Airlines re-route to avoid Belarus
Airlines rerouted flights to avoid Belarusian airspace on Tuesday and Belarusian planes faced a possible ban from Europe, as international outrage escalated over Minsk, forcing down a airliner and arresting a dissident journalist on board.
Western countries have accused Belarus of hijacking and piracy when the Ryanair plane was intercepted as it passed through the country on a flight between Greece and Lithuania, and diplomats said France, the Ireland and Estonia reportedly raise the incident at a private meeting of the United Nations Security Council. Wednesday.
“The behavior of the Belarusian regime is scandalous, illegal and totally unacceptable … we also condemn this type of dangerous interference in civil aviation,” Canadian Prime Minister Justin Trudeau told reporters.
Video released overnight shows Roman Protasevich, 26 – who was pulled from the passenger plane after Belarus scrambled a warplane to escort him to Minsk on Sunday – confessing to staging anti-government protests.
German Chancellor Angela Merkel said the video was “worrying”. German Foreign Minister Heiko Maas said Belarusian President Alexander Lukashenko had to pay a “bitter price” for the detention of Protasevich.
Exiled Belarusian opposition leader Sviatlana Tsikhanouskaya said the footage showed Protasevich had been tortured.
“He said he was treated legally, but he is clearly beaten and under pressure. There is no doubt that he was tortured. He was taken hostage,” she said during the interview. a press conference in Vilnius, the Lithuanian capital.
Belarus did not immediately comment on the torture allegation but has consistently denied abusing detainees.
Rights groups have documented hundreds of cases of what they describe as abuse and forced confessions during a crackdown on Lukashenko’s pro-democracy opponents since last year.
Lukashenko, whose opponents accuse him of rigging the August 2020 elections, has so far ignored Western sanctions, which mainly consist of banning various officials from traveling or doing business in the United States and the United States. the EU.
The Belarusian leader enjoys financial and security support from Russia.
The White House said President Joe Biden would discuss the incident with Russian President Vladimir Putin at their summit next month, but added that the United States did not believe Moscow had played a role in it. Read more
Belarusian state media reported that Lukashenko personally ordered the interception of the flight. Belarus says it was responding to a bomb threat that later turned out to be a false alarm.
Belarusian authorities on Tuesday released a transcript of a conversation between the plane and an air traffic controller in which the pilot repeatedly questioned information about the threat before agreeing to land in Minsk.
The transcript, which Reuters could not independently verify, differs from excerpts previously released by Belarusian state television, which suggested the pilot requested to land in Minsk, rather than the controller advised him to do it. Read more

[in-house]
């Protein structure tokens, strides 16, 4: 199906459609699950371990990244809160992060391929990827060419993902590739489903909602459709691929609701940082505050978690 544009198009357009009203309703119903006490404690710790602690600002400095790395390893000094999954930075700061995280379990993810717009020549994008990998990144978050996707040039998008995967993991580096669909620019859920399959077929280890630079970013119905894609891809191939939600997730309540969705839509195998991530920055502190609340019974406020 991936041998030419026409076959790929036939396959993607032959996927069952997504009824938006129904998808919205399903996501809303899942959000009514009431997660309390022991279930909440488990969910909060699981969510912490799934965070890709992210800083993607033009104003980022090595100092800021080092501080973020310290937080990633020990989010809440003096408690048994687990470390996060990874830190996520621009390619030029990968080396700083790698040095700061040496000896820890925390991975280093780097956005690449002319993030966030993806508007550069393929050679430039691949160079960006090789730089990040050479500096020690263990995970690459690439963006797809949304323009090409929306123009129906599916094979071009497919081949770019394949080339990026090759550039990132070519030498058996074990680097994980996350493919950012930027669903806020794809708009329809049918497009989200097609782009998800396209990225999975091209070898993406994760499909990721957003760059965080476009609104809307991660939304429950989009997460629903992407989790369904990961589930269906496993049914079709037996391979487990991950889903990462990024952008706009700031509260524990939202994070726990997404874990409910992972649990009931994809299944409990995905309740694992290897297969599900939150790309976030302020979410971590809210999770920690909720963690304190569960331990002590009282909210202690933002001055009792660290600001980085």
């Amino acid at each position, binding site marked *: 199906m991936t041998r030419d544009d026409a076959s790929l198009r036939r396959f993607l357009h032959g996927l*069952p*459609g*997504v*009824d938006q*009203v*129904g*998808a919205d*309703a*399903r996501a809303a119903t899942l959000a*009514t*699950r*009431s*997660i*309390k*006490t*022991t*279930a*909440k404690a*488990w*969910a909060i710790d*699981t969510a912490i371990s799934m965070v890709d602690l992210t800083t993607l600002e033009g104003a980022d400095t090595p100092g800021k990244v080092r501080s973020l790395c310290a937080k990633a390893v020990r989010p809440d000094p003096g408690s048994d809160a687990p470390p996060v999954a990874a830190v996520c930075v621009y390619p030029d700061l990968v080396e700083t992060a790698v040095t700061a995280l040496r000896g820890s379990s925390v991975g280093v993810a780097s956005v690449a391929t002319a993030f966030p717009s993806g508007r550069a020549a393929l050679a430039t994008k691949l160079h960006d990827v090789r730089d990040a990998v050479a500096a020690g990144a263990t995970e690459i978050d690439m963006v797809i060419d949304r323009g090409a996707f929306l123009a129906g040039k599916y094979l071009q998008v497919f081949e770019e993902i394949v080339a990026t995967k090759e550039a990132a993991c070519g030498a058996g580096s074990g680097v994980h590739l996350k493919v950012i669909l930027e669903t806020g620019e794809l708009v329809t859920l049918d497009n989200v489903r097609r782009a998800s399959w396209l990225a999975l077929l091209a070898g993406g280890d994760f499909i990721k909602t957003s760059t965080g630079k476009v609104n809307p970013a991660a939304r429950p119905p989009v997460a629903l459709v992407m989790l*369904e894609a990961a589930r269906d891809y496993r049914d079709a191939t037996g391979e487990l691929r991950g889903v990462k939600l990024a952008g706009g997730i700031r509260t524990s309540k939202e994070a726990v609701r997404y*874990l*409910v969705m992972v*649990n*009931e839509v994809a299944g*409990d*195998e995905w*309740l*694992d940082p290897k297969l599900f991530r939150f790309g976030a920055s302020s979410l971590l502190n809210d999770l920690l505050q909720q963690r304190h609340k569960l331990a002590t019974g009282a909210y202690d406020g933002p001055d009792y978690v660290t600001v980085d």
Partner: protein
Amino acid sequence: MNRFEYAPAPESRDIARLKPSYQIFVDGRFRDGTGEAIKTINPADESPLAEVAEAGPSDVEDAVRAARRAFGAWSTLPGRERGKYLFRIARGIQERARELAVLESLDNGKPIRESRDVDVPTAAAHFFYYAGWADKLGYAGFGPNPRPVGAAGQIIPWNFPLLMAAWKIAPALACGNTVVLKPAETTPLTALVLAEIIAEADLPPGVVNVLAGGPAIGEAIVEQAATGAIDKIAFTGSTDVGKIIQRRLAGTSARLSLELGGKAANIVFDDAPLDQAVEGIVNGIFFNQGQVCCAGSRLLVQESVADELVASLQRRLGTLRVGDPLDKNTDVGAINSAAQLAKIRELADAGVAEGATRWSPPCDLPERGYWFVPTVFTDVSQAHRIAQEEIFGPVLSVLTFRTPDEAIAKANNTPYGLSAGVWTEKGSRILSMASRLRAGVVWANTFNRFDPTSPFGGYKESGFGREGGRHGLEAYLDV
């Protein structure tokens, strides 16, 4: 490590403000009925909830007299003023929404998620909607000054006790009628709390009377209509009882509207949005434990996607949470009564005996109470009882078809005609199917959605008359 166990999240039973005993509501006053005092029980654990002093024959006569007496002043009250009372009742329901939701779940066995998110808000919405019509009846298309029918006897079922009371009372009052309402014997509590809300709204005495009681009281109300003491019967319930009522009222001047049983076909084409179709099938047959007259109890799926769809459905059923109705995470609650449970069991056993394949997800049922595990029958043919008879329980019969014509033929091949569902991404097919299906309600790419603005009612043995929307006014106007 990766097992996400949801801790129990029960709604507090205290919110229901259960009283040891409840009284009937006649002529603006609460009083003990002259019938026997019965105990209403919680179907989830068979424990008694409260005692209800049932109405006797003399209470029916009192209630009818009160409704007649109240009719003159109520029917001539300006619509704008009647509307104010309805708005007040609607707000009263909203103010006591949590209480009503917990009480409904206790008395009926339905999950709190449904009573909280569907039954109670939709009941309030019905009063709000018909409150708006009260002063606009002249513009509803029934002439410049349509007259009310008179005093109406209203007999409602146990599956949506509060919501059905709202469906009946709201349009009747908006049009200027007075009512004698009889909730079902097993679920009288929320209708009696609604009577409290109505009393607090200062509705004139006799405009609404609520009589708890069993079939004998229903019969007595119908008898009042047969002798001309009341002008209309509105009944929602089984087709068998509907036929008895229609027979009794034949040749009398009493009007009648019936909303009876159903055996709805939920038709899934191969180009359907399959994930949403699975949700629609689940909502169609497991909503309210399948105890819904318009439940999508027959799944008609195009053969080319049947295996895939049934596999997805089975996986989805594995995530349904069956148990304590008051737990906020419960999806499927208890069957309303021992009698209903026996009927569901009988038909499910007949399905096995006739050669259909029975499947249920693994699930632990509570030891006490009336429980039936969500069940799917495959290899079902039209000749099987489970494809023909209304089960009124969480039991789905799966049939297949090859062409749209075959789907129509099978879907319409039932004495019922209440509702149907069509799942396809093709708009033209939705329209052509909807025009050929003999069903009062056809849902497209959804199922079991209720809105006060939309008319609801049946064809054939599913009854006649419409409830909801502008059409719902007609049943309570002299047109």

Protasevich and his girlfriend Sofia Sagega, 23, were arrested when the plane landed. Three other people also disembarked from the flight in Minsk, suspected by Western countries of being spies involved in the operation.
In the video that aired overnight, Protasevich can be seen sitting at a desk in a dark hooded sweatshirt.
“I can say that I have no health problems, including diseases of the heart or any other organ. The police treat me correctly and according to the law, ”he said, adding that he had“ confessed to organizing mass protests in Minsk. “
Sagega’s mother, Anna Dudich, told Reuters that her daughter, a Russian student and citizen from Belarus, had avoided politics but feared for her health and safety in detention.
“My hopes are now probably based on a miracle and knowing that my daughter is definitely not guilty of anything,” Dudich said. “She just showed up in the wrong place at the wrong time.” Read more
Russia’s Foreign Ministry said Sagega could also face criminal charges. Read more
“EUROPE IN ACTION”
In response to Minsk’s actions, the European air traffic control agency, Eurocontrol, recommended that European and UK carriers flying over Belarus reroute via the Baltic states. Read more
Britain has also said it is banning Belarusian airlines from entering its airspace. Read more
At a summit on Monday, European Union leaders called on airlines based in the 27-member bloc to halt flights over Belarusian airspace, which lies along a corridor major connecting Europe and Asia and earns hard currency thanks to overflight rights.
Lufthansa, KLM, SAS, Air France, LOT and Singapore Airlines were among the carriers who announced they would stop flying over Belarus. Read more
Belgian Charles Michel, who chairs EU summits, tweeted “Europe in action”, with a photo of a flight tracking map of the continent showing no planes flying over Belarus.
EU leaders have also ordered officials to work out new unspecified sanctions against Belarus and find a way to ban Belarusian airlines from bloc skies.
Belarus’s neighbor Ukraine has announced a ban on flights to or from Belarus and its own airlines using Belarusian airspace.
“If we give up, tomorrow Alexander Lukashenko will go further and do something even more arrogant, more cruel,” Ukrainian Foreign Minister Dmytro Kuleba said in a statement.
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